DOCUMENT NO.: MCERC/PROT-CLTR/OXY/1205/001
Version 02, December 20, 2005
CLINICAL TRIAL PHASE III
SAFETY AND EFFICACY OF
Mayfair Clinical, Education and Research Centre, Thane
Confidentiality Statement:
The information provided in this document is strictly confidential and is available for review to Investigators, potential investigators and appropriate Ethics committees. No disclosure should take place without written authorization from the Sponsor except to the extent necessary to obtain Informed Consent from potential subjects.
Procedures at each Visit:

Procedures Visit

Remarks:

MAYFAIR CLINICAL EDUCATION & RESEARCH CENTRE,
Mohan Mill Compound, Ghodbunder Road, Thane-400 607.
Document No MCERC/REPTCLTR/OXY/1205/001 Study Identifier: Mfair/oxy/200506 BHATIA HOSPITAL
PRINCIPAL INVESTIGATOR
DR. SHARAD SHAH'S CLINIC
CO INVESTIGATOR
DR. ADITI

INSTRUCTIONS FOR THE INVESTIGATORS:

1. Please enter all the data in black ball-point pen only.
2. Please enter the Subject no. on the Case Record Form (CRF)
3. Please complete all entries in CRF and do not leave any blank spaces. Please (x) in the
appropriate boxes. If data in not applicable, please enter NA, or if not done, enter ND
4. Do not rub, erase or use correction fluid for incorrect entries. For correction, if any, strike out
the incorrect answer and enter the correct entry alongside, initial the correction with date.
5. Use only standard abbreviations, if required.
6. In case of any further query, kindly contact:
Mayfair Clinical, Education and Research Centre, Thane
Tel: 91-22-2589 5856 Fax: 2589 5854 E-mail:

Dr. J.K. Lalla: Res: 91-22-28701161 Mob: 98205 23127
Dr. (Mrs.) Meena Shah Res: 91-22-22021296 Mob: 98203 17747

SCREENING VISIT (VISIT 0)
DATE: -----------------------------
SUBJECT CONSENT TAKEN: YES NO
(CONSENT FORM ENCLOSED)


Signature: _ Date: _
Subject
Signature: _ Date: _

MAYFAIR CLINICAL EDUCATION & RESEARCH CENTRE,
Mohan Mill Compound, Ghodbunder Road, Thane-400 607.
Document No MCERC/REPTCLTR/OXY/1205/001 Study Identifier: Mfair/oxy/200506 Investigator

Subject No. :

Subject Initials: _
Gender: Male Female
(Please cross ‘X')
Date of Birth: _ _
DD MM YY
Height: cm
Weight: kg
*LMP: _ _ _ Not applicable
DD MM YY
(* Last Menstruation Period)
Birth control measures taken: Give in brief


Educational Status:
School dropout: YES NO
If ‘Yes' give details:
High School College Graduate Post graduate
(If the subject has dropped out somewhere in between e.g. between Std. X and Std. XII then the box
corresponding to the last education completed has to be crossed.)
Subject No.:
SUBJECT HISTORY
(Please cross ‘X' in the appropriate box) Constipation alone Constipation with IBS For Constipation with or without IBS, give following details: 1. Food habits: Vegetarian Non-vegetarian 2. Duration of Constipation: Weeks and Months MAYFAIR CLINICAL EDUCATION & RESEARCH CENTRE,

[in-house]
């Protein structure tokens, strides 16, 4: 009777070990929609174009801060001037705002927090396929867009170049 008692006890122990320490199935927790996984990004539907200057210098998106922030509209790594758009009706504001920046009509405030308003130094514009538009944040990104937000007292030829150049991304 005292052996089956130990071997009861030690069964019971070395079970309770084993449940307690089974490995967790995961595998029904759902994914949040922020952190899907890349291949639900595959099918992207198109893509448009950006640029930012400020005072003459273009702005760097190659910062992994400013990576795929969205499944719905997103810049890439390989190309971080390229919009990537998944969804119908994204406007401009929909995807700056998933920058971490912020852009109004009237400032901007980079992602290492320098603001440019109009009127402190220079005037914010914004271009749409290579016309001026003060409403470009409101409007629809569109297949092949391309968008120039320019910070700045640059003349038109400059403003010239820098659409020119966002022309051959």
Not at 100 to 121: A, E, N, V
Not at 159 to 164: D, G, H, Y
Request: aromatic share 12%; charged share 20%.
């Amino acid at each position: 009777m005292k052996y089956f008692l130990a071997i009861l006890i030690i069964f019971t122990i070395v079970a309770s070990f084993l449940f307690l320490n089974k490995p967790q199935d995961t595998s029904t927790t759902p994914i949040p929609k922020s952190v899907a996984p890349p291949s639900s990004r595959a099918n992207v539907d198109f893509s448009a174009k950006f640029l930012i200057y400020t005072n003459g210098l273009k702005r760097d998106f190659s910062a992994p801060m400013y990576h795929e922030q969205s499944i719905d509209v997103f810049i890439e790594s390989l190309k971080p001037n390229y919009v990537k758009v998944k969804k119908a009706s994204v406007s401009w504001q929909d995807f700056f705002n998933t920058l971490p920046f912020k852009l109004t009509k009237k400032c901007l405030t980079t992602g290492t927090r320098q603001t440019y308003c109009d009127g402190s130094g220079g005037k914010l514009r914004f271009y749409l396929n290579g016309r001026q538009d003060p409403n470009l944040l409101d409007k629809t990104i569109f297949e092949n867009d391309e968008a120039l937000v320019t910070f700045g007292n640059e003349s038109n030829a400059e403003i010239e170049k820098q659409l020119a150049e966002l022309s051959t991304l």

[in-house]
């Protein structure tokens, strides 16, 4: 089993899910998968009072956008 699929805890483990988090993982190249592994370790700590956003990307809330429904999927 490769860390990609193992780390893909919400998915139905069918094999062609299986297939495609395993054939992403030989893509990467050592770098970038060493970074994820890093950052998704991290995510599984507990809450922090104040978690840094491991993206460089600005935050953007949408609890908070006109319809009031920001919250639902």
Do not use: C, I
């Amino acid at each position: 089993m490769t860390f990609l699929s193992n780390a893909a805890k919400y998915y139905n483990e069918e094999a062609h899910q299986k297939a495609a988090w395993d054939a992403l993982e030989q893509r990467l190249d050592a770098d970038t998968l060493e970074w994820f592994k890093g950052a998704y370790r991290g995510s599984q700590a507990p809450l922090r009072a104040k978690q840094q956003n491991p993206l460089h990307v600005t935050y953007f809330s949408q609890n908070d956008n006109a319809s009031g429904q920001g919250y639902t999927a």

Mohan Mill Compound, Ghodbunder Road, Thane-400 607.
Document No MCERC/REPTCLTR/OXY/1205/001 Study Identifier: Mfair/oxy/200506 3. No. of bowel movements in a week: 4. Severity of disease: Mild Moderate: Severe: 5. Straining during bowel movement: Yes No 6. Urgency for passing stools: Yes No 7. Type of Constipation / IBS: Intermittent Persistent 8. Lumpy or hard stools Yes No 9. Loose or watery stools Yes No 10. Sensation of incomplete evacuation: Yes No 11. Sensation of anorectal blockage: Yes No 12. Passing mucus during bowel movement Yes No 13. Abdominal fullness / Yes No 14. Smoking History: Yes No Diagnosis:
[III] HISTORY OF SIGNIFICANT ILLNESS
(Mention any significant/major illness or surgery)
Condition
(for a past illness, date when the event stopped can also be mentioned here) MAYFAIR CLINICAL EDUCATION & RESEARCH CENTRE,
Mohan Mill Compound, Ghodbunder Road, Thane-400 607.
Document No MCERC/REPTCLTR/OXY/1205/001 Study Identifier: Mfair/oxy/200506 [IV] HISTORY OF MEDICATIONS USE (PREVIOUS AND ONGOING)
Continued
Duration
If ‘No' period since
Drugs Condition
MAYFAIR CLINICAL EDUCATION & RESEARCH CENTRE,
Mohan Mill Compound, Ghodbunder Road, Thane-400 607.
Document No MCERC/REPTCLTR/OXY/1205/001 Study Identifier: Mfair/oxy/200506 FAMILY HISTORY:
[V] CLINICAL EXAMINATION
VITAL SIGNS
(RIGHT ARM SITTING POSITION) Respiratory rate: Any abnormal finding (s) present? (please cross X)
YES COMMENTS
Respiratory System Cardiovascular System Abdominal System Central Nervous System MAYFAIR CLINICAL EDUCATION & RESEARCH CENTRE,
Mohan Mill Compound, Ghodbunder Road, Thane-400 607.
Document No MCERC/REPTCLTR/OXY/1205/001 Study Identifier: Mfair/oxy/200506 [VI] SELECTION CRITERIA
(Please (X) Yes or No)
Subject aged 18-60 years Rome II criteria for Constipation Rome II criteria for IBS Subject signing informed consent document. Has the subject met the selection criteria:
(Note: If any of the shaded boxes is ticked ( √ ) the subject will be excluded from the study)
Investigator's name:
Investigator's signature and Date:
Subject No. Day
CLINICAL LABORATORY INVESTIGATIONS
PARAMETERS FINDING NORMAL RANGE
1. Oxygen content of blood after 15 minutes 2. Oxygen content of blood after 15 minutes 3. Stool examination STUDY DRUG SHEET
Randomization code no.: MAYFAIR CLINICAL EDUCATION & RESEARCH CENTRE,
Mohan Mill Compound, Ghodbunder Road, Thane-400 607.
Document No MCERC/REPTCLTR/OXY/1205/001 Study Identifier: Mfair/oxy/200506 Study drug dispensed: Test (Oxy-Powder®) Reference (Dulcolax tablets) Administration instructions: For cleansing: